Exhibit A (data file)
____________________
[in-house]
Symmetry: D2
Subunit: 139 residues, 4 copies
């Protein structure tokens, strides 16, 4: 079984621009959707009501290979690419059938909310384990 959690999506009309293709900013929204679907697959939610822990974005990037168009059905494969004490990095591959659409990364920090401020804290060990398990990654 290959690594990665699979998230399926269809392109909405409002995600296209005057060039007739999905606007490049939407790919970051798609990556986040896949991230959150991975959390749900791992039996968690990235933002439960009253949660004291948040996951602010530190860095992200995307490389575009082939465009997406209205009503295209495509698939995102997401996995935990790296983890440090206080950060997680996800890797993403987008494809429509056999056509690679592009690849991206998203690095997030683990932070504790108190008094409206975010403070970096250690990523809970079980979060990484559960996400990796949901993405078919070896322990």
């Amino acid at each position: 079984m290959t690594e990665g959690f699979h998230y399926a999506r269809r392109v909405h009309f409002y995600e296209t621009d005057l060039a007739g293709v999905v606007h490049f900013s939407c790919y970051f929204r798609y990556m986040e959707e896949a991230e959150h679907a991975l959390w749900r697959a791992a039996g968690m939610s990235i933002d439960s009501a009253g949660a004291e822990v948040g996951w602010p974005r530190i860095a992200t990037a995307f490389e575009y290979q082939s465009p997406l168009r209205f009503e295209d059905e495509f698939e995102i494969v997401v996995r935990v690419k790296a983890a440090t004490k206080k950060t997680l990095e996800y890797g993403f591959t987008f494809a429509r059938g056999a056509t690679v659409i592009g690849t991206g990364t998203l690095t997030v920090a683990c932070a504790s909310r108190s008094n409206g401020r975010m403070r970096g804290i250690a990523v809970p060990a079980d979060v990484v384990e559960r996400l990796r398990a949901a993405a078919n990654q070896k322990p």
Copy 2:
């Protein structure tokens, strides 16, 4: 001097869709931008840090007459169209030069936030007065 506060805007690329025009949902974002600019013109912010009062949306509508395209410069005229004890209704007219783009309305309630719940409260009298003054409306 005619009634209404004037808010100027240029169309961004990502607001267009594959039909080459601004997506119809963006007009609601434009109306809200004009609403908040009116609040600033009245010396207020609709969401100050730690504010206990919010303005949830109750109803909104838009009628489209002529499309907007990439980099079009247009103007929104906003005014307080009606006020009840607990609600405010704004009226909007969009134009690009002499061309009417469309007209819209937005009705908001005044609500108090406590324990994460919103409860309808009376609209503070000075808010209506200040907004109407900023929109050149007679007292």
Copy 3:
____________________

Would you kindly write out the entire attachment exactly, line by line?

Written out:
[in-house]
Symmetry: D2
Subunit: 139 residues, 4 copies
């Protein structure tokens, strides 16, 4: 079984621009959707009501290979690419059938909310384990 959690999506009309293709900013929204679907697959939610822990974005990037168009059905494969004490990095591959659409990364920090401020804290060990398990990654 290959690594990665699979998230399926269809392109909405409002995600296209005057060039007739999905606007490049939407790919970051798609990556986040896949991230959150991975959390749900791992039996968690990235933002439960009253949660004291948040996951602010530190860095992200995307490389575009082939465009997406209205009503295209495509698939995102997401996995935990790296983890440090206080950060997680996800890797993403987008494809429509056999056509690679592009690849991206998203690095997030683990932070504790108190008094409206975010403070970096250690990523809970079980979060990484559960996400990796949901993405078919070896322990």
């Amino acid at each position: 079984m290959t690594e990665g959690f699979h998230y399926a999506r269809r392109v909405h009309f409002y995600e296209t621009d005057l060039a007739g293709v999905v606007h490049f900013s939407c790919y970051f929204r798609y990556m986040e959707e896949a991230e959150h679907a991975l959390w749900r697959a791992a039996g968690m939610s990235i933002d439960s009501a009253g949660a004291e822990v948040g996951w602010p974005r530190i860095a992200t990037a995307f490389e575009y290979q082939s465009p997406l168009r209205f009503e295209d059905e495509f698939e995102i494969v997401v996995r935990v690419k790296a983890a440090t004490k206080k950060t997680l990095e996800y890797g993403f591959t987008f494809a429509r059938g056999a056509t690679v659409i592009g690849t991206g990364t998203l690095t997030v920090a683990c932070a504790s909310r108190s008094n409206g401020r975010m403070r970096g804290i250690a990523v809970p060990a079980d979060v990484v384990e559960r996400l990796r398990a949901a993405a078919n990654q070896k322990p």
Copy 2:
């Protein structure tokens, strides 16, 4: 001097869709931008840090007459169209030069936030007065 506060805007690329025009949902974002600019013109912010009062949306509508395209410069005229004890209704007219783009309305309630719940409260009298003054409306 005619009634209404004037808010100027240029169309961004990502607001267009594959039909080459601004997506119809963006007009609601434009109306809200004009609403908040009116609040600033009245010396207020609709969401100050730690504010206990919010303005949830109750109803909104838009009628489209002529499309907007990439980099079009247009103007929104906003005014307080009606006020009840607990609600405010704004009226909007969009134009690009002499061309009417469309007209819209937005009705908001005044609500108090406590324990994460919103409860309808009376609209503070000075808010209506200040907004109407900023929109050149007679007292």
Copy 3: